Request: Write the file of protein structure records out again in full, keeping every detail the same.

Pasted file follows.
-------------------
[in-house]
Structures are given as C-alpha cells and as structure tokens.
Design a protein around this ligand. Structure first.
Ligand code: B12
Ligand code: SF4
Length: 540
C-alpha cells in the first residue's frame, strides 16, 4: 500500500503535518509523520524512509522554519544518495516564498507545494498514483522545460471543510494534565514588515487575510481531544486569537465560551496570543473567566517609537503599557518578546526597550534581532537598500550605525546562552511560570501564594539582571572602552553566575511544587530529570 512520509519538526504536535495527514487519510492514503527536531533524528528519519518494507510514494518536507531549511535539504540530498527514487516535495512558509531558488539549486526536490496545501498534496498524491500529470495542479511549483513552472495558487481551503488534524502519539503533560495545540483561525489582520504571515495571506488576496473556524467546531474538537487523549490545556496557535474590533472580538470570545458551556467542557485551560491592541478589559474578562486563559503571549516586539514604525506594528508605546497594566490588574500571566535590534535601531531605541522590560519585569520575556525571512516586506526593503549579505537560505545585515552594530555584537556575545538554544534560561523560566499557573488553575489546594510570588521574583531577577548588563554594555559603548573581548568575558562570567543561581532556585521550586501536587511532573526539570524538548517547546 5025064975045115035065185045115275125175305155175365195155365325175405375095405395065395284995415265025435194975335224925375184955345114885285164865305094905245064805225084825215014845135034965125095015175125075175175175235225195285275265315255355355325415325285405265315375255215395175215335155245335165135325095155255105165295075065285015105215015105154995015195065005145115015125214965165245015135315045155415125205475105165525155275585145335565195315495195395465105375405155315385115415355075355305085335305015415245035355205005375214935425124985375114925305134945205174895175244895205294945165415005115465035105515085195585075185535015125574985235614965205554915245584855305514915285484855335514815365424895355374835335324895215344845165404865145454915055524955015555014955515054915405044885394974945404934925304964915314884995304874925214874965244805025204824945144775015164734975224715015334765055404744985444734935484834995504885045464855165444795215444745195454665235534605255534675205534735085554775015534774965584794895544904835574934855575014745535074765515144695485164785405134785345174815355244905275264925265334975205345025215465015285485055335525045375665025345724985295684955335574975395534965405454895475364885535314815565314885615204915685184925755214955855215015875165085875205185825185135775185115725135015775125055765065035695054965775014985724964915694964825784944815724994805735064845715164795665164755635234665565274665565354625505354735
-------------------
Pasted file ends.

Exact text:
[in-house]
Structures are given as C-alpha cells and as structure tokens.
Design a protein around this ligand. Structure first.
Ligand code: B12
Ligand code: SF4
Length: 540
C-alpha cells in the first residue's frame, strides 16, 4: 500500500503535518509523520524512509522554519544518495516564498507545494498514483522545460471543510494534565514588515487575510481531544486569537465560551496570543473567566517609537503599557518578546526597550534581532537598500550605525546562552511560570501564594539582571572602552553566575511544587530529570 512520509519538526504536535495527514487519510492514503527536531533524528528519519518494507510514494518536507531549511535539504540530498527514487516535495512558509531558488539549486526536490496545501498534496498524491500529470495542479511549483513552472495558487481551503488534524502519539503533560495545540483561525489582520504571515495571506488576496473556524467546531474538537487523549490545556496557535474590533472580538470570545458551556467542557485551560491592541478589559474578562486563559503571549516586539514604525506594528508605546497594566490588574500571566535590534535601531531605541522590560519585569520575556525571512516586506526593503549579505537560505545585515552594530555584537556575545538554544534560561523560566499557573488553575489546594510570588521574583531577577548588563554594555559603548573581548568575558562570567543561581532556585521550586501536587511532573526539570524538548517547546 5025064975045115035065185045115275125175305155175365195155365325175405375095405395065395284995415265025435194975335224925375184955345114885285164865305094905245064805225084825215014845135034965125095015175125075175175175235225195285275265315255355355325415325285405265315375255215395175215335155245335165135325095155255105165295075065285015105215015105154995015195065005145115015125214965165245015135315045155415125205475105165525155275585145335565195315495195395465105375405155315385115415355075355305085335305015415245035355205005375214935425124985375114925305134945205174895175244895205294945165415005115465035105515085195585075185535015125574985235614965205554915245584855305514915285484855335514815365424895355374835335324895215344845165404865145454915055524955015555014955515054915405044885394974945404934925304964915314884995304874925214874965244805025204824945144775015164734975224715015334765055404744985444734935484834995504885045464855165444795215444745195454665235534605255534675205534735085554775015534774965584794895544904835574934855575014745535074765515144695485164785405134785345174815355244905275264925265334975205345025215465015285485055335525045375665025345724985295684955335574975395534965405454895475364885535314815565314885615204915685184925755214955855215015875165085875205185825185135775185115725135015775125055765065035695054965775014985724964915694964825784944815724994805735064845715164795665164755635234665565274665565354625505354735